Conventional cost benefit appraisal (CBA) consistently yields higher benefit cost ratios (BCRs) for road projects than for most public transport investments. This affects the ability to motivate the levels of investment needed to realise the intent of national transport policy that prioritises public transport, especially in metropolitan areas. While modern CBA methods make provision for negative externalities such as accidents and environment, positive externalities like supply chain efficiencies in the freight sector and urban economic functionality efficiencies in the public transport sector, are not well catered for. Under-representation of positive externalities may yield misleading CBA results and hence over or under investment in different transport infrastructure sectors. Based on evidence of urban agglomeration economies, that are most pronounced in cities that have a wide range of transport modes, a simple appraisal method is proposed that imputes long-term GDP growth uplift to investments in an appropriate programme of transport systems in Gauteng Province in South Africa. A range of collateral institutional and economic policies, designed to enhance theoretically demonstrated economies of agglomeration, are noted. Further research is proposed to confirm the nature and scale of the linkages between an ‘urban economic efficiency’ focused programme of transport investments, and enhanced GDP growth.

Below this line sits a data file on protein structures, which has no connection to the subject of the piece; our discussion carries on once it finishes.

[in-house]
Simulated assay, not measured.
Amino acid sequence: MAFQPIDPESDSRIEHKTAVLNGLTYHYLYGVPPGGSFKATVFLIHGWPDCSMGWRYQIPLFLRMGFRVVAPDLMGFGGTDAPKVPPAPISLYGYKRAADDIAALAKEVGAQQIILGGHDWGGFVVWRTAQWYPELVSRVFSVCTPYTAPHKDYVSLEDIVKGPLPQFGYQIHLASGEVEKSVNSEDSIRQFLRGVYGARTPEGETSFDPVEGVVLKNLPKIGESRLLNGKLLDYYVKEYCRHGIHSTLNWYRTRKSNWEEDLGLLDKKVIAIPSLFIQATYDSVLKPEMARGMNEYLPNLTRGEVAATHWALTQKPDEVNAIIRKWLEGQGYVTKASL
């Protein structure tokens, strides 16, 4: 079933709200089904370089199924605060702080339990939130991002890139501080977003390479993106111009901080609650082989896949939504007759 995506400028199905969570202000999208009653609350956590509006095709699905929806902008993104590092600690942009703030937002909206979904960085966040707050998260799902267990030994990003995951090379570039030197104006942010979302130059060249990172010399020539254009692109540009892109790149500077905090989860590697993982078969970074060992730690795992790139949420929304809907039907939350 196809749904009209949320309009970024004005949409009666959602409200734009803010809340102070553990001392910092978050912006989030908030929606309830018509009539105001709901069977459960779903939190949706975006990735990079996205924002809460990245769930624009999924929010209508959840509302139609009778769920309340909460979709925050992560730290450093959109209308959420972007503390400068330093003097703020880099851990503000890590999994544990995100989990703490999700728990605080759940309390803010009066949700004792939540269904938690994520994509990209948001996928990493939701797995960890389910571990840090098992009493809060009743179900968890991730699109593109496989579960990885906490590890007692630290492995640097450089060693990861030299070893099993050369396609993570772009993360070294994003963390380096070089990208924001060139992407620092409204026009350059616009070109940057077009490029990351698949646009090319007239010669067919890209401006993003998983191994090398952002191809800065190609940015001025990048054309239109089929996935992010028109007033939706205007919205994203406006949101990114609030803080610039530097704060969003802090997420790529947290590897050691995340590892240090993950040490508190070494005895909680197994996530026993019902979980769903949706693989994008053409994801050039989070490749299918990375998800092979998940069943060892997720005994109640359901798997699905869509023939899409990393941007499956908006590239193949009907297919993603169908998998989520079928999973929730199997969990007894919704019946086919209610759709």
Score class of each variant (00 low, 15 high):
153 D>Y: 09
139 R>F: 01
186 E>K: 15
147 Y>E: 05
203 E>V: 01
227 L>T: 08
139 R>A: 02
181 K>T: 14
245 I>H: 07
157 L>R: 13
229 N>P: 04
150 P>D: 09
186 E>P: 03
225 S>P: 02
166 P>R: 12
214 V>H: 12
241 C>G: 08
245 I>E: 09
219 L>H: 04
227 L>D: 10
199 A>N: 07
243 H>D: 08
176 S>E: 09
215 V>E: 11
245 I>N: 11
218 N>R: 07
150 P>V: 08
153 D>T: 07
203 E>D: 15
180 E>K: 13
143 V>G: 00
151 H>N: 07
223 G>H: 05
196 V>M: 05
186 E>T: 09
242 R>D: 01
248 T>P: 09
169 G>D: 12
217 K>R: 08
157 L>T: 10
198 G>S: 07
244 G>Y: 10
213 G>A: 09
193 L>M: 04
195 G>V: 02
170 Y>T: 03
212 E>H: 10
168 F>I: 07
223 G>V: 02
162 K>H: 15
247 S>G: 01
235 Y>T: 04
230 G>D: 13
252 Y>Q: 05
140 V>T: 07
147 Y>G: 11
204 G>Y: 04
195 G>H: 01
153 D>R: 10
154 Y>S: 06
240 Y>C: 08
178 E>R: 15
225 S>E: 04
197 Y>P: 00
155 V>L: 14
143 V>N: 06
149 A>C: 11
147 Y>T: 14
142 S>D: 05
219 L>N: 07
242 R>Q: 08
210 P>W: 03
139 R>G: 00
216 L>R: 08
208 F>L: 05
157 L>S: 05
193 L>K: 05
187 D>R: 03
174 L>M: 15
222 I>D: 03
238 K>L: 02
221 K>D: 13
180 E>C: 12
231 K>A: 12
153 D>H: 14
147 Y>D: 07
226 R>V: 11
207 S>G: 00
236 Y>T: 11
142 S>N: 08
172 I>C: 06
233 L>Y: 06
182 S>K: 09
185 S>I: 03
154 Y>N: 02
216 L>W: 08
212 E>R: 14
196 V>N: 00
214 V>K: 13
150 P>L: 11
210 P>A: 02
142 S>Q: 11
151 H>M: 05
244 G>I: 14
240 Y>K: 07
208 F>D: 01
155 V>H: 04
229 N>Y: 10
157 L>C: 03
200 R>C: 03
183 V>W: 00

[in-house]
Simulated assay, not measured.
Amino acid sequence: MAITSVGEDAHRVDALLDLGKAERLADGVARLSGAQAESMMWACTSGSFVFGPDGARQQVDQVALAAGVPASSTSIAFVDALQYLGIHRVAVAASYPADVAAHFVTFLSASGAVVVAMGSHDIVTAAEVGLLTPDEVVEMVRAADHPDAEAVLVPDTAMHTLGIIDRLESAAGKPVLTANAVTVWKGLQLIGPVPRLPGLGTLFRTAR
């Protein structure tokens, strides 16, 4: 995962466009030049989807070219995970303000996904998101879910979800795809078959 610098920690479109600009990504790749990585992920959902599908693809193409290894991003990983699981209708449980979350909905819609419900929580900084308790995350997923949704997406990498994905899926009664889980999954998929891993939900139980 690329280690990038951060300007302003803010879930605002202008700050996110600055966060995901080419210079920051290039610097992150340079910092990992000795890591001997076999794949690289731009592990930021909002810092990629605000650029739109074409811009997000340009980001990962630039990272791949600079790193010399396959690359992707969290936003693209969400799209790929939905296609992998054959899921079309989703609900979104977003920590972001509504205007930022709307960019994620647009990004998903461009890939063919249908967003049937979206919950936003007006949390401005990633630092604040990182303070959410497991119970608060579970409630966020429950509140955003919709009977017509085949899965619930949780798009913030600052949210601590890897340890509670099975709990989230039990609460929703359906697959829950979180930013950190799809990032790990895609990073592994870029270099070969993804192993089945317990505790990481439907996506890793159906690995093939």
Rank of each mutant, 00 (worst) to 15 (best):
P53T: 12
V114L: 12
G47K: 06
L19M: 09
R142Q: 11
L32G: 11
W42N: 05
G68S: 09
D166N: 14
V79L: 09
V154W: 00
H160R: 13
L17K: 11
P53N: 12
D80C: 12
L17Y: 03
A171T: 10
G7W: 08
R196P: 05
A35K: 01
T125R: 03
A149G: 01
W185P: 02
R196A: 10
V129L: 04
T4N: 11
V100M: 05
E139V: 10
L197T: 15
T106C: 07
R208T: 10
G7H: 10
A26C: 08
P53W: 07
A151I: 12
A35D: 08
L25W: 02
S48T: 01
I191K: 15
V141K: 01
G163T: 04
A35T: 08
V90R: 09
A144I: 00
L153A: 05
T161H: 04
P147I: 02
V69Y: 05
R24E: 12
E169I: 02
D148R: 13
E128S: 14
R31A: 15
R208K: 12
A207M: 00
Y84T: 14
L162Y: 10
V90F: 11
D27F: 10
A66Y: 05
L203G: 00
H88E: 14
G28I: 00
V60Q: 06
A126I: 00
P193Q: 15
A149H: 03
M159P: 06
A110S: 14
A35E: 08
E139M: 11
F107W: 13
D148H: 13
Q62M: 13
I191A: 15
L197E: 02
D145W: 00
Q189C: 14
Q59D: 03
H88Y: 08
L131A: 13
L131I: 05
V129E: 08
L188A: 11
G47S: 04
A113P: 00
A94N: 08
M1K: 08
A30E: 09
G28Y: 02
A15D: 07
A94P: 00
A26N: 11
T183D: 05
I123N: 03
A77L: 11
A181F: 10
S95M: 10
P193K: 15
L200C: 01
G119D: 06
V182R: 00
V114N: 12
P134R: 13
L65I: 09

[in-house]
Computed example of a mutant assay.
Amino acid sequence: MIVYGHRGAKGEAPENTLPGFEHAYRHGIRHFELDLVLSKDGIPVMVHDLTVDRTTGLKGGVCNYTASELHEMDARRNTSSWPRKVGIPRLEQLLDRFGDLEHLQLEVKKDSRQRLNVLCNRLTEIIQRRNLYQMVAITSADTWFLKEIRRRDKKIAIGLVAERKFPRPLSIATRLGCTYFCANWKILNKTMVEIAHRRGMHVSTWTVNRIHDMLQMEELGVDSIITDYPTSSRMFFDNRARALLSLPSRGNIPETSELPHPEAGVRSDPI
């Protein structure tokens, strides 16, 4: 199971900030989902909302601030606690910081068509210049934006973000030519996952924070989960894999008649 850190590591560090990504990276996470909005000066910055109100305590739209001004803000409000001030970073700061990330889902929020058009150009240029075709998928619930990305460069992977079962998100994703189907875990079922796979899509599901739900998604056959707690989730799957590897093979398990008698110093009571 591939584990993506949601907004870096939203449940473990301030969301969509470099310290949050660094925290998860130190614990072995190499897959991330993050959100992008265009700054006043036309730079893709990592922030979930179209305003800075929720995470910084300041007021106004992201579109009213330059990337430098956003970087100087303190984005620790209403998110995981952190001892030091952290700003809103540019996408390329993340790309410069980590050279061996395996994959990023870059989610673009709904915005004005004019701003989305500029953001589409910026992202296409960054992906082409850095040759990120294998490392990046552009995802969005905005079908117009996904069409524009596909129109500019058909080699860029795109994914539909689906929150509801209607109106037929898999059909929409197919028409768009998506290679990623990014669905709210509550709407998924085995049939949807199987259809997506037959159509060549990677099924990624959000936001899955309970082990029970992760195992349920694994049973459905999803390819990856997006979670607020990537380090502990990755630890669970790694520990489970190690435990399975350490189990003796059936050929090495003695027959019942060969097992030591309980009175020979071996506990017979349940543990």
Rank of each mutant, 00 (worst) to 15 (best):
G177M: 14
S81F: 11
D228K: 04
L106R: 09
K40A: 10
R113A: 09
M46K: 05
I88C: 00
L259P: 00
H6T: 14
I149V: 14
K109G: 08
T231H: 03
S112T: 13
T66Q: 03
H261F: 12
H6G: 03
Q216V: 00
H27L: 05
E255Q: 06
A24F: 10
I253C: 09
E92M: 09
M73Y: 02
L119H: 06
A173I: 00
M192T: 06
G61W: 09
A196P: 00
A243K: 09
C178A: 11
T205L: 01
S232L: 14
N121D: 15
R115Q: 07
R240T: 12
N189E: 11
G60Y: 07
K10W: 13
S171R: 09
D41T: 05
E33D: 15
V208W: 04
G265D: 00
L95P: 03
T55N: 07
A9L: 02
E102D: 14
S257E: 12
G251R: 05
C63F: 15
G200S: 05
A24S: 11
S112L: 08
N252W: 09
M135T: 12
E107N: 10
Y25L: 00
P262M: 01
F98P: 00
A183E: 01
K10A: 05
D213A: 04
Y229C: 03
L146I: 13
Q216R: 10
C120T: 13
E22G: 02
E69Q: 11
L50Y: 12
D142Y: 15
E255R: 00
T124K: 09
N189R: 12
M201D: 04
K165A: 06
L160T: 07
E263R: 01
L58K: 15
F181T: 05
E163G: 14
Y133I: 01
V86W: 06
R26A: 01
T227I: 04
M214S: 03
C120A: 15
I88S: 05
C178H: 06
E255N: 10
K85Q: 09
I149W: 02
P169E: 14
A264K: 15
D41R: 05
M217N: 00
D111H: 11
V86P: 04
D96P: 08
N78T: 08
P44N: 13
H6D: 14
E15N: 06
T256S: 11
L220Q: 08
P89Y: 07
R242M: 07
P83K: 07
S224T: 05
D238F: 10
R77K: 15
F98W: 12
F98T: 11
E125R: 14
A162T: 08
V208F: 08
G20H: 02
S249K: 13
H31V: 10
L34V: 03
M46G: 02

Papers presented at the 36th Southern African Transport Conference, CSIR International Convention Centre, Pretoria, South Africa on 10-13 July 2017.